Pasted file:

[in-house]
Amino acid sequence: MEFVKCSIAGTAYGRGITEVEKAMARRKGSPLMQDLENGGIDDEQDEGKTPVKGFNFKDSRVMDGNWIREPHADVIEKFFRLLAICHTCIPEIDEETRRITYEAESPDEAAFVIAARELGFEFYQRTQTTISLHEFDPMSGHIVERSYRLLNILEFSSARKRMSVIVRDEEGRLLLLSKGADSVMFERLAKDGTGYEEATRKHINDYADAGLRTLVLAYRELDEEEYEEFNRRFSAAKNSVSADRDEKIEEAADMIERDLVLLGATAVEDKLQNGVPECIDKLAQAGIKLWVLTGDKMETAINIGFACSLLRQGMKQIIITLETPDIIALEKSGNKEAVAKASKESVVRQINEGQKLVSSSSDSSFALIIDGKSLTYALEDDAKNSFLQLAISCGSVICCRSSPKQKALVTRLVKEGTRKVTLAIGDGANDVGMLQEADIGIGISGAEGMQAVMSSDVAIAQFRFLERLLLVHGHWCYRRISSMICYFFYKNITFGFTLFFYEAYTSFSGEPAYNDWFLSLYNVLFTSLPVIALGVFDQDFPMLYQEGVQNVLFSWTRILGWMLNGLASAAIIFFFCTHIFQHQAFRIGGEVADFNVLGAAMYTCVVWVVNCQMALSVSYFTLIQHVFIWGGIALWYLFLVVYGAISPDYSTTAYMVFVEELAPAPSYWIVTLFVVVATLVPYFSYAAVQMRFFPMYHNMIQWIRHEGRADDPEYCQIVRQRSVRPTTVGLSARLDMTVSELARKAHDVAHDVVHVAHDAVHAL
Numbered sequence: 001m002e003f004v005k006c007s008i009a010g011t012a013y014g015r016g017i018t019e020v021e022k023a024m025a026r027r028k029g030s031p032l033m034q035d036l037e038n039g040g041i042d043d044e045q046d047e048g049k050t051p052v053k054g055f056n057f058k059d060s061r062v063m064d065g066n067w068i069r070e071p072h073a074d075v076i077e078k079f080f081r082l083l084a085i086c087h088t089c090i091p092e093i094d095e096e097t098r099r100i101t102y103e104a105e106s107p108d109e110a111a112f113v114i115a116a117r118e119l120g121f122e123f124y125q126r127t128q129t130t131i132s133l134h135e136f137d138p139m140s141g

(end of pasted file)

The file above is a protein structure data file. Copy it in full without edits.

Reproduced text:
[in-house]
Amino acid sequence: MEFVKCSIAGTAYGRGITEVEKAMARRKGSPLMQDLENGGIDDEQDEGKTPVKGFNFKDSRVMDGNWIREPHADVIEKFFRLLAICHTCIPEIDEETRRITYEAESPDEAAFVIAARELGFEFYQRTQTTISLHEFDPMSGHIVERSYRLLNILEFSSARKRMSVIVRDEEGRLLLLSKGADSVMFERLAKDGTGYEEATRKHINDYADAGLRTLVLAYRELDEEEYEEFNRRFSAAKNSVSADRDEKIEEAADMIERDLVLLGATAVEDKLQNGVPECIDKLAQAGIKLWVLTGDKMETAINIGFACSLLRQGMKQIIITLETPDIIALEKSGNKEAVAKASKESVVRQINEGQKLVSSSSDSSFALIIDGKSLTYALEDDAKNSFLQLAISCGSVICCRSSPKQKALVTRLVKEGTRKVTLAIGDGANDVGMLQEADIGIGISGAEGMQAVMSSDVAIAQFRFLERLLLVHGHWCYRRISSMICYFFYKNITFGFTLFFYEAYTSFSGEPAYNDWFLSLYNVLFTSLPVIALGVFDQDFPMLYQEGVQNVLFSWTRILGWMLNGLASAAIIFFFCTHIFQHQAFRIGGEVADFNVLGAAMYTCVVWVVNCQMALSVSYFTLIQHVFIWGGIALWYLFLVVYGAISPDYSTTAYMVFVEELAPAPSYWIVTLFVVVATLVPYFSYAAVQMRFFPMYHNMIQWIRHEGRADDPEYCQIVRQRSVRPTTVGLSARLDMTVSELARKAHDVAHDVVHVAHDAVHAL
Numbered sequence: 001m002e003f004v005k006c007s008i009a010g011t012a013y014g015r016g017i018t019e020v021e022k023a024m025a026r027r028k029g030s031p032l033m034q035d036l037e038n039g040g041i042d043d044e045q046d047e048g049k050t051p052v053k054g055f056n057f058k059d060s061r062v063m064d065g066n067w068i069r070e071p072h073a074d075v076i077e078k079f080f081r082l083l084a085i086c087h088t089c090i091p092e093i094d095e096e097t098r099r100i101t102y103e104a105e106s107p108d109e110a111a112f113v114i115a116a117r118e119l120g121f122e123f124y125q126r127t128q129t130t131i132s133l134h135e136f137d138p139m140s141g